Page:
IMDb Rating 6.2 10 8,142


Downloaded 41,579 times
April 15, 2019



Chris Elliott as Nathanial Mayweather
Chris Rock as Parking Valet
Deezer D as Otis / Stab Master Arson
Halle Berry as Josie Potenza
720p.BLU 1080p.BLU
697.81 MB
23.976 fps
89 min
P/S N/A / N/A
1.24 GB
23.976 fps
89 min
P/S N/A / N/A

Movie Reviews

Reviewed by Prismark10 6 / 10 / 10

Jump around

What Spinal Tap did to heavy rock, CB4 does to rap in the 1990s and it was about time. Chris Rock is Albert, a decent guy who along with his friends want to hit the big time as rappers. They try every gimmick to break into showbiz. Albert inadvertently gets mixed up with a local hoodlum, Gusto getting arrested and decides to adopt his hard core gangster identity, MC Gusto and the group becomes CB4. They eventually raise the ire of conservative politicians but the record buying public love them but Gusto breaks out of prison and wants to get even. The film succeeds because it makes pointed and prescient digs at gangsta rap and some of the songs they parody are actually very good and reflective of the music of the early 1990s. The story is not the strongest, the satire always not sharp or even hits the target but the Rock and the rest of the cast seem to be enjoying the ride and real rappers turn up as to be in on the joke.

Reviewed by FlashCallahan 8 / 10 / 10

Spinal Rap....

Albert Brown and his buddies Rip and Otis are aspiring rappers who have tried every gimmick to break into the music business. Eventually, Albert and the boys decide to go into gangster rap, with Albert assuming the identity of M.C. Gusto, who is really a local crime lord who is serving time in prison. Eventually, Gusto finds out about the boys scheme and seeks revenge as well as a share of the profits...... When this film was released back in the day, I was just turning sixteen, and music and movies were a huge part of my life. Hip Hop and Gangster Rap were just really becoming big in the UK, thanks to NWA, Cypress Hill, and Ice Cube, saw I saw this movie a lot differently than I did over twenty years ago. Seeing it now, there are flashes of genius, and Rock has never been better, but some of the sight gags really, really detract you away from the story and the narrative. The music is still wonderful, and although the makers are poking fun at some of the artists who claim to be from South Central or wherever is cool at the time, but really middle class citizens with comfortable upbringings, it never forgets the fundamental reason that Gangster Rap is so successful. Its funny, Murphy proves that only one sibling should work, but it's not as genius as I remember.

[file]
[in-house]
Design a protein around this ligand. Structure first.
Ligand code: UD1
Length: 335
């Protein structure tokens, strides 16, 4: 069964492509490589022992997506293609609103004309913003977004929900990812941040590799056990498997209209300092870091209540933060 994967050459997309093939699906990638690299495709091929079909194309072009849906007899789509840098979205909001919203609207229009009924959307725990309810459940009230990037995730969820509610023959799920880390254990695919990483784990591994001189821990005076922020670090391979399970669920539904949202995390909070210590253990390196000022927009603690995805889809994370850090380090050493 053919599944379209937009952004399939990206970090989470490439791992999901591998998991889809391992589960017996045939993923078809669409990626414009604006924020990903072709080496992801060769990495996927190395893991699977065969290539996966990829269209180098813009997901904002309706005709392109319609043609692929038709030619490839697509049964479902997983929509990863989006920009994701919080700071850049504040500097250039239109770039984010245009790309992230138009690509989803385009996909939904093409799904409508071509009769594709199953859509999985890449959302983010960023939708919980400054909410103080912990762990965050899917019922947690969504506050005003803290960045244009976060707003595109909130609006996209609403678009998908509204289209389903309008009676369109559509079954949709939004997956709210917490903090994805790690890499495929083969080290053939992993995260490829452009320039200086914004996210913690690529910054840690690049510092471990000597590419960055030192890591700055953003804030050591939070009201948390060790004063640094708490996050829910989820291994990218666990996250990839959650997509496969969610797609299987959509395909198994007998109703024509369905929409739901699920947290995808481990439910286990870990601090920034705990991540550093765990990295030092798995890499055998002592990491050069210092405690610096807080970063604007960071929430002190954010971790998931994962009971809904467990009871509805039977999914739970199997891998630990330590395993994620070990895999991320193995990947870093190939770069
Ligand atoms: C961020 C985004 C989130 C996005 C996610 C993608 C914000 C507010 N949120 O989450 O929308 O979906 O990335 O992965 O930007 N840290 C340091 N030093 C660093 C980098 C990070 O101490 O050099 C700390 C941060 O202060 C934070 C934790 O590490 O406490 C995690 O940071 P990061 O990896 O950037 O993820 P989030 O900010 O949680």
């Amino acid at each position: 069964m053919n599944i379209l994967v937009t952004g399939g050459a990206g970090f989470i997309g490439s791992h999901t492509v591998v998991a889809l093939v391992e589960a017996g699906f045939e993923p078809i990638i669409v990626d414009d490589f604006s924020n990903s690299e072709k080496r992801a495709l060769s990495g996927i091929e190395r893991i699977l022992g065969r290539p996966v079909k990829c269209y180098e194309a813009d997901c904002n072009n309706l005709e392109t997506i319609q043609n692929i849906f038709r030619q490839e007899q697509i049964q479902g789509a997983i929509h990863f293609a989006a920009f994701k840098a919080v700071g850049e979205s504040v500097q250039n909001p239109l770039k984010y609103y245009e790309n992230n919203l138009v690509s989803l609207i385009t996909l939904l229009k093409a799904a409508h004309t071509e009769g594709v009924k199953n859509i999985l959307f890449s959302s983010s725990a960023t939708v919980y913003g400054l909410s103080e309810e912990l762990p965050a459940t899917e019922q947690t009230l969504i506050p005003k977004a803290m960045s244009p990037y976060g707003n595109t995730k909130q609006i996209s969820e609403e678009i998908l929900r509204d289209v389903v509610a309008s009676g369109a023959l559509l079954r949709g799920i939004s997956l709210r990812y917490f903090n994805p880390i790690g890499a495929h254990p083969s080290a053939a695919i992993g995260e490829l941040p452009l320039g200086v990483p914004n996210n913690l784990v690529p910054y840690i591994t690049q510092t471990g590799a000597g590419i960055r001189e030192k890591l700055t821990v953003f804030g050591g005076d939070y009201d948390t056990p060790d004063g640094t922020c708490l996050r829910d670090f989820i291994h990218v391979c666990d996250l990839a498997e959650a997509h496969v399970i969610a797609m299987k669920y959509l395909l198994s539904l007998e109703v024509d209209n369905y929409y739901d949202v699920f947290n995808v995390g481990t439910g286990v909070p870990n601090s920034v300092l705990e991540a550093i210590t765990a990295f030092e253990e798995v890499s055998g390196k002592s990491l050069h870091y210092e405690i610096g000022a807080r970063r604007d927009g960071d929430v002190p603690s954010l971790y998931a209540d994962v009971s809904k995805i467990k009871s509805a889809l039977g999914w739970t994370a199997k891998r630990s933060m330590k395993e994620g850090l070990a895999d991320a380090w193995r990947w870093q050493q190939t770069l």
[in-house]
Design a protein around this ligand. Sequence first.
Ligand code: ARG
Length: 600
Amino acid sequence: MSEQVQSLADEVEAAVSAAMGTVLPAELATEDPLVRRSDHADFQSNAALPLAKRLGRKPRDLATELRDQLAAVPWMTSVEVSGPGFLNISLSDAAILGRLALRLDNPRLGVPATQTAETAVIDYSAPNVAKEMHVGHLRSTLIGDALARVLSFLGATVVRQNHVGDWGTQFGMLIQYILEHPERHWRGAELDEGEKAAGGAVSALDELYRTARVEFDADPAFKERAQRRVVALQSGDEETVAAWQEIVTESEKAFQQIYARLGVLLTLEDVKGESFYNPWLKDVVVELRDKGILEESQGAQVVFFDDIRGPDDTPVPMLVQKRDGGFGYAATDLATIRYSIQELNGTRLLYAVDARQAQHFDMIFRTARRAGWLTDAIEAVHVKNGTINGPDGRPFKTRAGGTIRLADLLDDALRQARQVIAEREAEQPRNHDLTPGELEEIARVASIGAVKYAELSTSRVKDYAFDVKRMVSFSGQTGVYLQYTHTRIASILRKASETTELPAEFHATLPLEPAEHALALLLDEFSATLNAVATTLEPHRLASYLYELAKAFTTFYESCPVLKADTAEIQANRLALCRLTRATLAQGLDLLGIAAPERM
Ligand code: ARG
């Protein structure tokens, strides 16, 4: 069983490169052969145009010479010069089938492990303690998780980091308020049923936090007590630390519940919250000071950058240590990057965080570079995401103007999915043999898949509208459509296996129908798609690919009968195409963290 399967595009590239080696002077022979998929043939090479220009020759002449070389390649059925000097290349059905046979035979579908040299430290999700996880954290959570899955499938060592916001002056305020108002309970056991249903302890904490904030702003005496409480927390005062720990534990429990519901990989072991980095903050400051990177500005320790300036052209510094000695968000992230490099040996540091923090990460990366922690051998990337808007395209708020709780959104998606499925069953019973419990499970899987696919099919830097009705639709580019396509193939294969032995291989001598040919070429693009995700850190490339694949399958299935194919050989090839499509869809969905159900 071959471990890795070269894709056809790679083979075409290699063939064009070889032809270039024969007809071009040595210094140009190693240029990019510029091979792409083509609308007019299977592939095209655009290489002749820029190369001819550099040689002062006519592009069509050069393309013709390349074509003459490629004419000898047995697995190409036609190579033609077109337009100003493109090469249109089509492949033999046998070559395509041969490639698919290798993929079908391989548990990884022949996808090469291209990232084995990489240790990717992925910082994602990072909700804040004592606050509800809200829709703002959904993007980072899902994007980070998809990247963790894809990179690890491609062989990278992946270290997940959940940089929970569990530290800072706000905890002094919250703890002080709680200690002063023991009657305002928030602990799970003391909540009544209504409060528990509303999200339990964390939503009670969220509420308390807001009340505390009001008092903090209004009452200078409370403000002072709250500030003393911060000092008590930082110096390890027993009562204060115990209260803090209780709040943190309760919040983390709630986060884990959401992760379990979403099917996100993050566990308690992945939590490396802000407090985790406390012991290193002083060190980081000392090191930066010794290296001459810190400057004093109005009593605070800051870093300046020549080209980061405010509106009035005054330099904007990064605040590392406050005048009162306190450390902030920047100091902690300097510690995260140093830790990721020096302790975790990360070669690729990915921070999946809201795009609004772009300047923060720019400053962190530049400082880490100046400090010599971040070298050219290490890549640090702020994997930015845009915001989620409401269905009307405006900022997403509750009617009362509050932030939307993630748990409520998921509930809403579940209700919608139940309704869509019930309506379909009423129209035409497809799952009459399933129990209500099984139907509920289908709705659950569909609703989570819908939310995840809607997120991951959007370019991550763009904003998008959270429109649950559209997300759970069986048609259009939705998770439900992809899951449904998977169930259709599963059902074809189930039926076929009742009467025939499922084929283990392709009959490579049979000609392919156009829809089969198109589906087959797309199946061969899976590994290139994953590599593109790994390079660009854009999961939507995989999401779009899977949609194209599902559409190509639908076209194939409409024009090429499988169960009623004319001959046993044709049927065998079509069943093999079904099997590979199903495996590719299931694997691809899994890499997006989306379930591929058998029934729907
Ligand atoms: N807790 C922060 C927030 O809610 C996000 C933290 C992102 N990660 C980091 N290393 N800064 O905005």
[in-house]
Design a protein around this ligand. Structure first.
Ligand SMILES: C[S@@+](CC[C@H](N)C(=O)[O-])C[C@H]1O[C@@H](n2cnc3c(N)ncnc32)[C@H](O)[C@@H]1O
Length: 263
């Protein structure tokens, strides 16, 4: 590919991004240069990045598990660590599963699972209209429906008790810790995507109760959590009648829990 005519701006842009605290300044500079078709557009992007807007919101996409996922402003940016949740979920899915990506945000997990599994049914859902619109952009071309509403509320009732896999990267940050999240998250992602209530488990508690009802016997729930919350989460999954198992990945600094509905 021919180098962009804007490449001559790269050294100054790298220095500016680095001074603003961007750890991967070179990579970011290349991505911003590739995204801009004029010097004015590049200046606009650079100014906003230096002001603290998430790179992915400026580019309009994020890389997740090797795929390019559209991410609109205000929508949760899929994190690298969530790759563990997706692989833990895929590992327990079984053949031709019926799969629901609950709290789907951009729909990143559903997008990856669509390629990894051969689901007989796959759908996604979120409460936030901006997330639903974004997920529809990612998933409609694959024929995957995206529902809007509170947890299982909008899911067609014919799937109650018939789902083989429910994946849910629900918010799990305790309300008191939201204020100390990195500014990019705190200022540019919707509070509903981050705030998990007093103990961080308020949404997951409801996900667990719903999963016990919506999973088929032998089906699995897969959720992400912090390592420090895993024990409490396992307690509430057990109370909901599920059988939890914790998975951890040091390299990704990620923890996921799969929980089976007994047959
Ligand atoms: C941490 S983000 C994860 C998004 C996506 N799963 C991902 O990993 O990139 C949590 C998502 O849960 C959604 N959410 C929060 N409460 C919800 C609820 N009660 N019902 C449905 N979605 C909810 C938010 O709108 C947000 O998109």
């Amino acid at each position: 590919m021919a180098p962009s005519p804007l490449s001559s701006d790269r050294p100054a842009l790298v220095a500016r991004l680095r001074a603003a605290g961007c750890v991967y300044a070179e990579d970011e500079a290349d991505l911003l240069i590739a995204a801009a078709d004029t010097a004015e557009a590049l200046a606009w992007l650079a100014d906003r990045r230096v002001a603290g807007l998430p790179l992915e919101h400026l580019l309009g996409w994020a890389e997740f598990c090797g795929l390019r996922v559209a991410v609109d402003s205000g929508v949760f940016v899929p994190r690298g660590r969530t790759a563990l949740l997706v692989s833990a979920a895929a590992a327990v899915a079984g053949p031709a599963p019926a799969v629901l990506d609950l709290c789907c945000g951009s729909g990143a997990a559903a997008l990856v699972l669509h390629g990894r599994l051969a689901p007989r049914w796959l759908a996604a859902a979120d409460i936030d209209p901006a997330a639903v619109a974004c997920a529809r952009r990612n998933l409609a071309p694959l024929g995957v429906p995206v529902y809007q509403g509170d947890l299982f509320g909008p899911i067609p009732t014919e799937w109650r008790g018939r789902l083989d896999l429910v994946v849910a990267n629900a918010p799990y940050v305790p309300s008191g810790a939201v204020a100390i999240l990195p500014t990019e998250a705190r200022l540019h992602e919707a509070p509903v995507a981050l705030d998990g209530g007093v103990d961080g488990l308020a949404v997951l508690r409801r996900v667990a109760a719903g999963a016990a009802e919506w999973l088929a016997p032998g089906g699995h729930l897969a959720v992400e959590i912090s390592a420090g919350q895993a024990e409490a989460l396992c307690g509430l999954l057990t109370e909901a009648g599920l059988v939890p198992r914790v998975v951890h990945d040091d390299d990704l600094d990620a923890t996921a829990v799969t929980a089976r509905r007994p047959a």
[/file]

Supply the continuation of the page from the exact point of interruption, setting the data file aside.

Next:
Reviewed by tnrcooper 8 / 10 / 10

Good parody of gangsta rap

It's always difficult to do a hard-hitting parody of anything. One needs to have knowledge of a topic as well as a general affection for it. If you hate a topic, your distaste for the topic will come out in cruel jokes and that is not good for the target audience for parodies which is often fans of the material which was parodied. They will not want to see parodies which are mean-spirited. If you like a topic, you won't make a mean-spirited parody. Your affection for your topic will be clear in the movie you make. This film is very funny in portraying the hypocrisy of family values politicians such as senate candidate Robinson(Phil Hartman) condemning gangsta rap for political gain while his kid Ben (J.D. Daniels) idolizes the group and has plastered his wall's room with posters of the group. It's also excellent in establishing that the group has not come up from poverty but actually has suburban roots. None of the characters (portrayed by Chris Rock, Deezer D, and Allen Payne) have fought their way into this business opportunity from poverty. All have seen a business opportunity or a musical opportunity but they have not made themselves out of nothing, another trope the music industry has not shrunk from. The earnestness of documentary filmmaker A. White (Chris Elliott) is also funny - the earnest desire to depict of a white man to treat rap and rappers with respect is also mocked hilariously by Elliott's nebbishness. The depiction of rap groupie Sissy is hilariously parodied by Khandi Alexander in over-the-top excess. Alexander shreds the promiscuity of the super-groupie with her over-the-top depiction. Gusto as depicted by Charlie Murphy is also hilarious. Murphy tears into the role of a truly bad man who serves as a club owner but who also deals drugs on the side. The willingess of MC Gusto and his crew to appropriate Gusto's name to promote an image of toughness is also a good method to allow the mens' true toughness to be revealed. I think if anything, this film's middle section could have been developed more into a harsher, more acerbic treatment of the hypocrisy of politicians, the disingenuousness of the would-be gangsta-rappers, and of the over-the-top obscenity which often seems so gratuitous that it loses its ability to shock. Screenwriters Nelson George and Chris Rock, if anything, understated the acidity of their idea. The ability of gangsta rap to withstand barbed, extended parody is greater than the parody they have made here. The segment in which the group goes on tour could have been longer and Robinson's hypocrisy could have withstood a lot more parody also. All in all, this is a good film which could have been a great film.

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